It’s like a lot of things, said the smith. Do the least part of it wrong and ye’d just as well to do it all wrong.
Setting: Not every cursed item started that way. Sometimes something is just made wrong. Sometimes some confluence of ill events turns something wrong. Sometimes things just are what they are. Roll d10.
1: A shard of flint and a steel peg. When struck together they produce a ball of blossoming flame the size of a bonfire.
2: A well-worn leathern rucksack. When items are placed within and carried over distance, something will disappear as though out a hole in the bottom. But there isn’t a hole.
3: A hempen rope. Whenever it is knotted it instantly snarls, snags, and shortens to an almost undisentangleable mass.
4: A cord of pacecount beads of the sort used by scouts to keep record of distance walked. When used the navigator becomes terribly lost, and no others can find her.
5: A torch formed of twisted tow dipped in wax. When lit it becomes unmovable until doused.
6: A fireblackened iron frypan. When food is cooked within, half the food imperceptibly disappears. If it is ever broken,1 all of the food it has ever consumed reappears, fresh and hot.
7: A stoppered goatskin. Any liquid put within becomes seawater.
8: A boiled-leather tube and pair of lenses, assemblable into a spyglass. It sees an hour ago.
9: An iron kettle. Heat freezes the contents; cold heats them.
10: A rude sheepskin poncho. Donning it turns you into an ordinary lamb for a day.
And what happens when you realize that a boon is often just a curse flipped on its head?
1 Have you ever tried to break a cast-iron skillet?
Off the Queen’s Road, past the thorp of Wightrise, is an old estate across the cataract from the millroad. But what sort of estate is it?
I like maps like this, because they are alive with possibility. They lend themselves to multiple types of adventures. Sometimes I wonder if less really is more: with no grid, no directions, merely a space, any GM can fit such a map into her campaign. Perhaps the archetypal use would be a simple explore and loot.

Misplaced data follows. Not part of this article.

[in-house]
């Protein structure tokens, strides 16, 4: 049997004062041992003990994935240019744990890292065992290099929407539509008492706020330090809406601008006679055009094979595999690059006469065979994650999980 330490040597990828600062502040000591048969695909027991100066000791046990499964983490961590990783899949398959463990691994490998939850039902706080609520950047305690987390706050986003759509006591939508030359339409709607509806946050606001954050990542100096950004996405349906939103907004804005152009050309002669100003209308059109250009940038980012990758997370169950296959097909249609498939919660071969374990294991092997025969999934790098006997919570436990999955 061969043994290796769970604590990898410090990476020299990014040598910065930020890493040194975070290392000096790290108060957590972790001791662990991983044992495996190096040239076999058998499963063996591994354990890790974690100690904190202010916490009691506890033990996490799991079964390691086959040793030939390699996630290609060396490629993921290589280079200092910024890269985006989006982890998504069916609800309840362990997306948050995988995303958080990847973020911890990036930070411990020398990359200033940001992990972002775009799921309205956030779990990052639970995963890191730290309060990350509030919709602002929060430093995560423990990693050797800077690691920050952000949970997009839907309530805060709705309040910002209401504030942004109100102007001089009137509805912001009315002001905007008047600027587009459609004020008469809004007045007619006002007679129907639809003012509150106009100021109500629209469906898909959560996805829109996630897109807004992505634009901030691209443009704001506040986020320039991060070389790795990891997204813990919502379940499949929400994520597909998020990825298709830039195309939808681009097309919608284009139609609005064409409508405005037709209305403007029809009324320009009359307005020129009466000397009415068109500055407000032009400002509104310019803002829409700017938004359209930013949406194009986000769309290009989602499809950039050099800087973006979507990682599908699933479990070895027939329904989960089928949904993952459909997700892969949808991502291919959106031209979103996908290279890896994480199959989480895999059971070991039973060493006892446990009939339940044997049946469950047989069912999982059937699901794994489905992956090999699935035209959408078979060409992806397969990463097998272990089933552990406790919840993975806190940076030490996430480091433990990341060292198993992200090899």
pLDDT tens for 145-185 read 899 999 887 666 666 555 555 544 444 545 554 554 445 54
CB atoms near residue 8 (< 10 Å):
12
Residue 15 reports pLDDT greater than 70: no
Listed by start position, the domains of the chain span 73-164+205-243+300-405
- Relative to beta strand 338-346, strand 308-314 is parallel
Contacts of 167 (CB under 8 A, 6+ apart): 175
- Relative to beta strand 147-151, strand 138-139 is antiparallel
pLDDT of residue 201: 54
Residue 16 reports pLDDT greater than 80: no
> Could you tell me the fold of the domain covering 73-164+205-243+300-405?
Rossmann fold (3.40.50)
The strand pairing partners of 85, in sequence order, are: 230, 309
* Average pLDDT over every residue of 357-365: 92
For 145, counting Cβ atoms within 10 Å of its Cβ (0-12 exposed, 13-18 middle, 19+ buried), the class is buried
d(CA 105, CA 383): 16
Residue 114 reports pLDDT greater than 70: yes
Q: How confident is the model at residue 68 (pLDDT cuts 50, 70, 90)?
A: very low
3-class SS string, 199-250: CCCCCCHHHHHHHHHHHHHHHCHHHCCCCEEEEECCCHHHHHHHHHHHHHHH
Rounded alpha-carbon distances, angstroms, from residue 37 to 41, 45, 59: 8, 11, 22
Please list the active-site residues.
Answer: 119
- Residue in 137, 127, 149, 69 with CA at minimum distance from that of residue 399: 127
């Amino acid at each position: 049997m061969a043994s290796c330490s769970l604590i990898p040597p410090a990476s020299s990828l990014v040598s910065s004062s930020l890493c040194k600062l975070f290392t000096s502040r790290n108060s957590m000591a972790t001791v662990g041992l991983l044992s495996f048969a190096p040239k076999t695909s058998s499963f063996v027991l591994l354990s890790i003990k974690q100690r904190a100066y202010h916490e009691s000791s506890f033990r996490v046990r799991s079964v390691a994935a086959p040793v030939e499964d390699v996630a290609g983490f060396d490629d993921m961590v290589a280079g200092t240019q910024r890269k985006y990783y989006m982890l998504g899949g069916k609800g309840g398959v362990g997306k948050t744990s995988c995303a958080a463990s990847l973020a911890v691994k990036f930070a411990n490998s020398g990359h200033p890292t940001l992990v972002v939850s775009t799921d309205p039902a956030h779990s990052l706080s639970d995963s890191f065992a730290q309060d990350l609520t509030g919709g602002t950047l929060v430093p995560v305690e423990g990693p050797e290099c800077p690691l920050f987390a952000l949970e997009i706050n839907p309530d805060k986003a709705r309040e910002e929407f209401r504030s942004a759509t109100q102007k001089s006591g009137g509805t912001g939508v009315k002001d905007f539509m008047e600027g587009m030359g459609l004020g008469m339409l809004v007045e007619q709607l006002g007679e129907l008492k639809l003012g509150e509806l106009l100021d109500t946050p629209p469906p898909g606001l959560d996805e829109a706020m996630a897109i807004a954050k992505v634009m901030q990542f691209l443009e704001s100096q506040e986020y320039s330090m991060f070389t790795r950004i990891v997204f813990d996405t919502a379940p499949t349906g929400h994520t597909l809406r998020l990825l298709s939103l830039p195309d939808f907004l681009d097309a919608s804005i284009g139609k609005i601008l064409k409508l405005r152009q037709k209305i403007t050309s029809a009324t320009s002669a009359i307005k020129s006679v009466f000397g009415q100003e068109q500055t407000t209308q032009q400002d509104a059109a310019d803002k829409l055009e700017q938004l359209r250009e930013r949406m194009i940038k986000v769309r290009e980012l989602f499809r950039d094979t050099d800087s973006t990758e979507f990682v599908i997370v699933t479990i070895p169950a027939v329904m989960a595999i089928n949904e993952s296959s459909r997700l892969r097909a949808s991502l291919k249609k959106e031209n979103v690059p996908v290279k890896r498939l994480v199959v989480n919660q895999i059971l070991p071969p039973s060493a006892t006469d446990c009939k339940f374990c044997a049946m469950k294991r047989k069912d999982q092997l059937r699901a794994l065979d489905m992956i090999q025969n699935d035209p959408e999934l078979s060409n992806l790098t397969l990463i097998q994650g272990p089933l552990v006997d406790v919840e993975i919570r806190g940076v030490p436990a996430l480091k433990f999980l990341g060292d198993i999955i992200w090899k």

1: Crossroads. The millroad leads from Wightrise up to the ford in Erran’s Run where the stream slows enough for the mill to take advantage. The overgrown path turns to the bridge leading to Erranton Estate.
2: Bridge. Built in the days when craftsmen cared for their work, this wooden bridge spans the gash that separates the road from the homestead.
3: Home. The ancestral Erranton home backs up against the woods. In former days the family lived here; now it crumbles down upon itself, pressed down by the inexorable weight of time and rain and indifference.
4: Caretaker’s Cottage. Formerly the hearth and home of the servants that managed the estate.
5: Outbuildings. A smokehouse, chicken coop, and root cellar. Located away from the main house to keep the odors down.
6: Stables. Stables and paddock. Shelter for livestock and a place to graze; tools and equipment.
7: Well. Reliable water source; center of daily life.
8: Gardens. Self-sufficiency garden for the estate.
So, now we’ve got the environs. What sort of adventures can we set here?
Option 1: Dungeon Crawl: The PCs have heard that the old Erranton place has been ransacked and overrun by goblins/orcs/bandits. The PCs go out there, fight the monsters, explore the place, and loot it.
Option 2: Reverse Dungeon: The PCs have been sent by their patron/mentor/employer to go to the Erranton Estate and negotiate to purchase something. The Errantons have the something, and are surprisingly reasonable about the transaction. The catch? At an inopportune moment someone else appears at the crossroads looking to ransack the Estate. Now the PCs have to team up with the Errantons to defend the homestead. It could be monsters being monsters, troops looking to collect back taxes, or just adventurers raiding other peoples’ homes just to steal their stuff. Can you hold the bridge?
Option 3: Swords & Shadowruns: The PCs are hired by Guildmaster Johnson to assassinate the scion of the Erranton family line. Old Man Erranton is on his last legs anyway, but his son has aspirations to local power, and someone doesn’t want that. But the PCs need to be quiet and make it look like an accident. No door-kicking and fireballing. Can the PCs get in, get done, and get out?
Option 4: The Returned: The old Erranton place has been avoided for years. Recently the local Order lured all the Returned into the house and burned it down around them, lighting the bridge aflame as they withdrew. But as of a month ago, the house and bridge still stand–and look just as they always have. A scarecrow stands in the field, eternally shouting something in an elder tongue. How can the PCs clear out the house for good? Why is the stableyard covered in fresh furrows? Why is there fresh meat in the root cellar? And why is that little girl standing on the lip of the well?
Option 4a: The Glamour: Everyone knows the old Erranton place is haunted, a place where the dead walk and maintain a mockery of a farm. But what no one knows is that there are no dead at the homestead. How long will it take the PCs to figure out that reclusive fae have taken the place for their own, and are using magic to frighten interlopers away? And how will the PCs react when they discover that they’re the invaders, and the fae aren’t even wicked?